Note: Loki’s all grown up (again) in Marvel Comics, and he couldn’t have done it better — or more beautifully — than with this new design by Jamie McKelvie. McKelvie’s design, which premiered in the most recent issue of Young Avengers, bridges the gap between the original Jack Kirby Loki design and his recent adolescent design that’s been in Marvel Comics’ the past few years. Not only does McKelvie create a great visual, but I applaud him for thinking through the design’s layers and its functionality. – Chris A.
Here’s what McKelvie said about the design:
My thinking was as follows: It would be very, very silly not to channel some of the movie Loki into the new approach. He’s wildly popular. With that in mind, I took inspiration from his outfits in the movies, but took it in a more bohemian, swashbuckling, youthful direction. The other touchstone I kept in mind was Paul Bettany’s Chaucer from Knight’s Tale, which you can see in the coat especially. I wanted him to have a little of that swagger.
A full helmet doesn’t work with this design, so instead he has a headpiece that mimics the silhouette.
I chose scalemail, because, well, isn’t it a bit snakelike? And of course I had to bring back the black nail varnish.
Note: After the success of his fantasy take on the Avengers, Denis Medri makes an addition to that group by illustrating the villainous Loki as a warlord/warlock. I’m all for the child-like Loki from Journey Into Mystery, but this armored-up rendition is winning me over awfully quick as well. – Chris A.
Note: Superheroes may be the the modern cultural equivalent of mythological gods for us, but who says they have to be stuck in our time? Artist Alex Mitchell takes on Marvel’s Avengers and takes them back to pre-Edo period Japan in this “Senguko Avengers” series. Michell’s work shows a remarkable understanding for both Japanese culture of that era and Marvel’s heroes, creating an intensive and holistic re-imagining of these characters that is positively striking. – Chris A.
I was wanting to do a new redesigned/ translated set of comics characters for a while, and the new Avengers movie presented a great team to build from. It has the kind of big iconic characters that work best for these sort of re-imaginings. Instead of the theatrical ‘chambara’ setting I used for my Justice League, I decided that the historically based, yet still legendary figures of the Sengoku era of Japanese history would be the inspiration.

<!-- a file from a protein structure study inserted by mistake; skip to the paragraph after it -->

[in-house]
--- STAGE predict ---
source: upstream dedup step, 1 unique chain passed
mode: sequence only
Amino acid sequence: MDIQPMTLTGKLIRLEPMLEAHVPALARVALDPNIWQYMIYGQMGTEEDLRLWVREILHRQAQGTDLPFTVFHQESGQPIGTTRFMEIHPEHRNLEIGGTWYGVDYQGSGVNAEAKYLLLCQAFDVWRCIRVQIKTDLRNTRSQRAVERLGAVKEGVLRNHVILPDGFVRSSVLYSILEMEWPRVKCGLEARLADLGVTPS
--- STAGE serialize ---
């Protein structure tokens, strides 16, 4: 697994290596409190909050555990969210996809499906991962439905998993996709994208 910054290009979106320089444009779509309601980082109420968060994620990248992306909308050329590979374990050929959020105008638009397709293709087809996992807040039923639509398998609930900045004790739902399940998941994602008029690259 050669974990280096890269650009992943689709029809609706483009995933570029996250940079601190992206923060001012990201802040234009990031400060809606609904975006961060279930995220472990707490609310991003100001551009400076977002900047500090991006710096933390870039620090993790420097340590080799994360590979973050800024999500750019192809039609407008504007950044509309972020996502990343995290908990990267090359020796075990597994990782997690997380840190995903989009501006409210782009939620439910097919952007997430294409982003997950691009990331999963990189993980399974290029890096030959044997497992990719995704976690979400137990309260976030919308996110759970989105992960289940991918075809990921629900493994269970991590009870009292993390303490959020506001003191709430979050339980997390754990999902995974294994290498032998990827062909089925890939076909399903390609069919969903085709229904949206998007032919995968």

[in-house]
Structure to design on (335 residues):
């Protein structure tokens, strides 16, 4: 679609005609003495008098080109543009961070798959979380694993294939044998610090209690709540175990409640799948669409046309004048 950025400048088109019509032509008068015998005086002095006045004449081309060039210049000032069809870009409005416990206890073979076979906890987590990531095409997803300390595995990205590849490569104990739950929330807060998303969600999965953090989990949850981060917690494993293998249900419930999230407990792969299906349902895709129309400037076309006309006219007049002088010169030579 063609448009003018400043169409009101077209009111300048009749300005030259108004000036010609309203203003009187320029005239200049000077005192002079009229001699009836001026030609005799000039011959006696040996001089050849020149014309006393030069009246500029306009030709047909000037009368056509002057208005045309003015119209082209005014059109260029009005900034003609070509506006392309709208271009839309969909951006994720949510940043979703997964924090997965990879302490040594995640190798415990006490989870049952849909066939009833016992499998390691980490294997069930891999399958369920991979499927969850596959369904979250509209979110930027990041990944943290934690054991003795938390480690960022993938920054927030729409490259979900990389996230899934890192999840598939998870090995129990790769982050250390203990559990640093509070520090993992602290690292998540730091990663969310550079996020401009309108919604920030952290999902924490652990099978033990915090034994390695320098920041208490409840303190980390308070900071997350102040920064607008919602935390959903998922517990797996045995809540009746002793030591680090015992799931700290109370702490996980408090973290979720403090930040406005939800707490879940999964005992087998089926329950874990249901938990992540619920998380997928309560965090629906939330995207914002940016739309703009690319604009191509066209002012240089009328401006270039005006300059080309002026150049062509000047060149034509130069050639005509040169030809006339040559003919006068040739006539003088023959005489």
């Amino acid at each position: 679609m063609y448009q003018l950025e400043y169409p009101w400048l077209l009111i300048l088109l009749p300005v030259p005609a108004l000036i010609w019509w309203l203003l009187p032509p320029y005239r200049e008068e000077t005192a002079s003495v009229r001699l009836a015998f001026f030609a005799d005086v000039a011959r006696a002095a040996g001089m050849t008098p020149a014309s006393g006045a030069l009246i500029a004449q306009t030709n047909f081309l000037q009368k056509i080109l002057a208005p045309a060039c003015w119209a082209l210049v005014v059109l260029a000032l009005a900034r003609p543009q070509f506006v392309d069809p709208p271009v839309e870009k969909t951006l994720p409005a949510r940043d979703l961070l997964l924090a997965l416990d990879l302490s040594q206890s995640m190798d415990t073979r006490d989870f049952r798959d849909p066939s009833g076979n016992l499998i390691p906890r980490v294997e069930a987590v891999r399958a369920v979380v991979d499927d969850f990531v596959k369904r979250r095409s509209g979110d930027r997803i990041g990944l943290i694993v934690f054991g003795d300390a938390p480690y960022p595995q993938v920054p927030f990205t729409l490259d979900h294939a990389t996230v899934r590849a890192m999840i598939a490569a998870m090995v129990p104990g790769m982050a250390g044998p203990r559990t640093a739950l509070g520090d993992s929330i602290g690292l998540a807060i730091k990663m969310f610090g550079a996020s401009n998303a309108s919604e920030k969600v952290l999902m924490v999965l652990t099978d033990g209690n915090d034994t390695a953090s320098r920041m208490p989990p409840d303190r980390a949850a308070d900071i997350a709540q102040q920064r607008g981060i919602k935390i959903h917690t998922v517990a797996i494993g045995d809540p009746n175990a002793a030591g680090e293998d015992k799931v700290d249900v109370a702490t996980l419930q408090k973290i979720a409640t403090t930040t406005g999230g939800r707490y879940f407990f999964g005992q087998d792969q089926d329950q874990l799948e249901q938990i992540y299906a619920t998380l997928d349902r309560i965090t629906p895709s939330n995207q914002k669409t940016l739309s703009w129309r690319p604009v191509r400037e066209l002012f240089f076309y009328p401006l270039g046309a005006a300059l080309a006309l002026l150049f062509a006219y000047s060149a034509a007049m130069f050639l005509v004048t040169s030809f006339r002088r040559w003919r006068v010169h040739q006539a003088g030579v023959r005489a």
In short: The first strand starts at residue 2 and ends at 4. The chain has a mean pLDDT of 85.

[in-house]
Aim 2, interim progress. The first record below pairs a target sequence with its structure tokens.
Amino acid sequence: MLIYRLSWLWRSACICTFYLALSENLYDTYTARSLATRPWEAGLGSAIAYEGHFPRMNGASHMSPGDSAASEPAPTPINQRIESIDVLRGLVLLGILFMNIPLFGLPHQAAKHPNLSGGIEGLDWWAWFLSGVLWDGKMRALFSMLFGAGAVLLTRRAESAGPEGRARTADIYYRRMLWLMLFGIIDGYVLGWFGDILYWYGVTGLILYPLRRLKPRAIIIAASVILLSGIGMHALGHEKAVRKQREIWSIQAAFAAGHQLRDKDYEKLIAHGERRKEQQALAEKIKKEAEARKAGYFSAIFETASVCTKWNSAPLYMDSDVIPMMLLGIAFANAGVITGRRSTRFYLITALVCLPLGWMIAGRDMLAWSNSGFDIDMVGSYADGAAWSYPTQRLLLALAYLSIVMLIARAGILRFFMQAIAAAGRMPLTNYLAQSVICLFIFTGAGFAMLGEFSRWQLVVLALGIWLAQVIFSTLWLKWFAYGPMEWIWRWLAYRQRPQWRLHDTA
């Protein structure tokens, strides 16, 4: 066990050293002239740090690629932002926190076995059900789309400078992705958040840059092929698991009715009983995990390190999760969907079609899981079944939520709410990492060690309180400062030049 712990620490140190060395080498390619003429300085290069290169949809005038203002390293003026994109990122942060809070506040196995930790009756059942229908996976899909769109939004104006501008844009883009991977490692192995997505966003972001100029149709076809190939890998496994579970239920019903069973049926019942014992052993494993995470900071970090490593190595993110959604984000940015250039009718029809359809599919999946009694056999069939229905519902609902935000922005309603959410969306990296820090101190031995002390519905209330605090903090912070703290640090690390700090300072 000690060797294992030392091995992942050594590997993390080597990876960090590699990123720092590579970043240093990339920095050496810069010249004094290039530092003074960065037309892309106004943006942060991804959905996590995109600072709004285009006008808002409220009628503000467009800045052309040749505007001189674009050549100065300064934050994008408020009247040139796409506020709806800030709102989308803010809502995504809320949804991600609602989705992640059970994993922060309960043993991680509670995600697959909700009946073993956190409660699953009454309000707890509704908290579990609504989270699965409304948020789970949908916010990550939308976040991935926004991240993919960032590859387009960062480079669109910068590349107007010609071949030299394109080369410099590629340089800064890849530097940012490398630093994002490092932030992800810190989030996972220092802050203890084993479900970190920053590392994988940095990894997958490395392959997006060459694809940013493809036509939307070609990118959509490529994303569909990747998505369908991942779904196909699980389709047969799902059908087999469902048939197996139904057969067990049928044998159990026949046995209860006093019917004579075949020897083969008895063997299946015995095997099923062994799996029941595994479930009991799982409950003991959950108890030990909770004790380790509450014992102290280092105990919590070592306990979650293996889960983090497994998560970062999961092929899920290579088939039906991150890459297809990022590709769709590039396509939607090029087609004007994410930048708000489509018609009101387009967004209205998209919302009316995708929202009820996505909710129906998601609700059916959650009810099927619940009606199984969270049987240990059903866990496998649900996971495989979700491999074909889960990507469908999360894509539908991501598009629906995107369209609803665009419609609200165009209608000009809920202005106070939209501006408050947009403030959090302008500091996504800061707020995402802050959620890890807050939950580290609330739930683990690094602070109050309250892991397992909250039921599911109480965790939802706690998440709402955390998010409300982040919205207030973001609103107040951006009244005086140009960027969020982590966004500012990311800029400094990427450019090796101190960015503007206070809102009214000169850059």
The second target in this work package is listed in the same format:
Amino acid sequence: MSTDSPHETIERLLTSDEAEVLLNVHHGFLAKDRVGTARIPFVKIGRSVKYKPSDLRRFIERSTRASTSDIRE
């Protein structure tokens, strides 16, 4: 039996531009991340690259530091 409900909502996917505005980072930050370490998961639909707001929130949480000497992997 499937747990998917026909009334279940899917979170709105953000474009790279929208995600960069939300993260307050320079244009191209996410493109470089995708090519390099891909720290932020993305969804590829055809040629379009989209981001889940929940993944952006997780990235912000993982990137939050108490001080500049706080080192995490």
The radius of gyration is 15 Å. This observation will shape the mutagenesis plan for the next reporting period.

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Note: A Malaysian artist going by the moniker theDURRRRIAN has single-handedly rocked my socks and shoes with this Frazetta-esque fantasy take on Marvel’s Avengers. While it may not fit in with the 616 universe, I could easily imagine this being a great fantasy series like Avataars: Covenant of the Shield except, well… good. In terms of design, composition and technical skill each illustration leaps off the screen. – Chris A.
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Note: Although school has come and gone for a lot of us, this imaginative illustration by J. Bone really makes me want to enroll. – Chris A.
Here’s what J. Bone had to say about the image back in 2007:
It was originally done as a pitch for an Archie-like approach to the Marvel characters. I’d been drawing a teen version of Tigra for a while and used her as the main character in the pitch (which was written by Brian McLachlan of Princess Planet fame).